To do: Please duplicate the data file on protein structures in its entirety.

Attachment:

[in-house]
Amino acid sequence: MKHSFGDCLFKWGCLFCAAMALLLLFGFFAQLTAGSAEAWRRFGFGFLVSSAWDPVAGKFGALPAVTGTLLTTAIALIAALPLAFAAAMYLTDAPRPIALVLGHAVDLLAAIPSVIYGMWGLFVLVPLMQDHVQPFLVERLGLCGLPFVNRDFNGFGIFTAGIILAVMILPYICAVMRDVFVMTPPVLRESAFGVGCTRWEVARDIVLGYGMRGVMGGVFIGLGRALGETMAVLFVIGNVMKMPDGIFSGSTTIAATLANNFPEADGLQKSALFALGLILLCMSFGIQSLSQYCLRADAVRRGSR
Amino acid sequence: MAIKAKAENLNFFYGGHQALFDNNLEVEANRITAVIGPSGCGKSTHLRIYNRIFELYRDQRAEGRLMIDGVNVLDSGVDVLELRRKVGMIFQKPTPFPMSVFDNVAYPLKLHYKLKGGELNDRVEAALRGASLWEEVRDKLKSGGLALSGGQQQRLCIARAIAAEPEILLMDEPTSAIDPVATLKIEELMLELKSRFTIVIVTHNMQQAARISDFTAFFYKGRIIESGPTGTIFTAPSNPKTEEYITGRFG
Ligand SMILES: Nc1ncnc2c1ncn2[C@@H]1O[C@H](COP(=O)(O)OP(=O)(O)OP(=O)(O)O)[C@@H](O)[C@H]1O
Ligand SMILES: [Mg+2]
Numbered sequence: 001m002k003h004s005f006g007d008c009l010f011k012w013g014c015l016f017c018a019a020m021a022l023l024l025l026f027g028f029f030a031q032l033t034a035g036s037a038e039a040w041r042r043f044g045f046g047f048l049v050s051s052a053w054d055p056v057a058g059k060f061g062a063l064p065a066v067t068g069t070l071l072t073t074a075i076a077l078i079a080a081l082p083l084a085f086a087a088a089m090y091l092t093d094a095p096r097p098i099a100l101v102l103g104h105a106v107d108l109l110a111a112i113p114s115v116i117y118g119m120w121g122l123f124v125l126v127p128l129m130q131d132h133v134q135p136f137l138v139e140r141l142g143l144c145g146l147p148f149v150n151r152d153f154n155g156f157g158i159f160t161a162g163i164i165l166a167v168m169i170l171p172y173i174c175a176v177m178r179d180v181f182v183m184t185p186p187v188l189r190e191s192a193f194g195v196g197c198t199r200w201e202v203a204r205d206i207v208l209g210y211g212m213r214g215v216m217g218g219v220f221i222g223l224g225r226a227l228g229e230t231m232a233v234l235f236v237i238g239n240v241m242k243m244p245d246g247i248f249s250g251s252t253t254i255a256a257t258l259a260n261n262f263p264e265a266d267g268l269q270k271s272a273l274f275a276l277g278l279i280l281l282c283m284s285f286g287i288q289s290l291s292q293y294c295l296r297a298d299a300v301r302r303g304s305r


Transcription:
[in-house]
Amino acid sequence: MKHSFGDCLFKWGCLFCAAMALLLLFGFFAQLTAGSAEAWRRFGFGFLVSSAWDPVAGKFGALPAVTGTLLTTAIALIAALPLAFAAAMYLTDAPRPIALVLGHAVDLLAAIPSVIYGMWGLFVLVPLMQDHVQPFLVERLGLCGLPFVNRDFNGFGIFTAGIILAVMILPYICAVMRDVFVMTPPVLRESAFGVGCTRWEVARDIVLGYGMRGVMGGVFIGLGRALGETMAVLFVIGNVMKMPDGIFSGSTTIAATLANNFPEADGLQKSALFALGLILLCMSFGIQSLSQYCLRADAVRRGSR
Amino acid sequence: MAIKAKAENLNFFYGGHQALFDNNLEVEANRITAVIGPSGCGKSTHLRIYNRIFELYRDQRAEGRLMIDGVNVLDSGVDVLELRRKVGMIFQKPTPFPMSVFDNVAYPLKLHYKLKGGELNDRVEAALRGASLWEEVRDKLKSGGLALSGGQQQRLCIARAIAAEPEILLMDEPTSAIDPVATLKIEELMLELKSRFTIVIVTHNMQQAARISDFTAFFYKGRIIESGPTGTIFTAPSNPKTEEYITGRFG
Ligand SMILES: Nc1ncnc2c1ncn2[C@@H]1O[C@H](COP(=O)(O)OP(=O)(O)OP(=O)(O)O)[C@@H](O)[C@H]1O
Ligand SMILES: [Mg+2]
Numbered sequence: 001m002k003h004s005f006g007d008c009l010f011k012w013g014c015l016f017c018a019a020m021a022l023l024l025l026f027g028f029f030a031q032l033t034a035g036s037a038e039a040w041r042r043f044g045f046g047f048l049v050s051s052a053w054d055p056v057a058g059k060f061g062a063l064p065a066v067t068g069t070l071l072t073t074a075i076a077l078i079a080a081l082p083l084a085f086a087a088a089m090y091l092t093d094a095p096r097p098i099a100l101v102l103g104h105a106v107d108l109l110a111a112i113p114s115v116i117y118g119m120w121g122l123f124v125l126v127p128l129m130q131d132h133v134q135p136f137l138v139e140r141l142g143l144c145g146l147p148f149v150n151r152d153f154n155g156f157g158i159f160t161a162g163i164i165l166a167v168m169i170l171p172y173i174c175a176v177m178r179d180v181f182v183m184t185p186p187v188l189r190e191s192a193f194g195v196g197c198t199r200w201e202v203a204r205d206i207v208l209g210y211g212m213r214g215v216m217g218g219v220f221i222g223l224g225r226a227l228g229e230t231m232a233v234l235f236v237i238g239n240v241m242k243m244p245d246g247i248f249s250g251s252t253t254i255a256a257t258l259a260n261n262f263p264e265a266d267g268l269q270k271s272a273l274f275a276l277g278l279i280l281l282c283m284s285f286g287i288q289s290l291s292q293y294c295l296r297a298d299a300v301r302r303g304s305r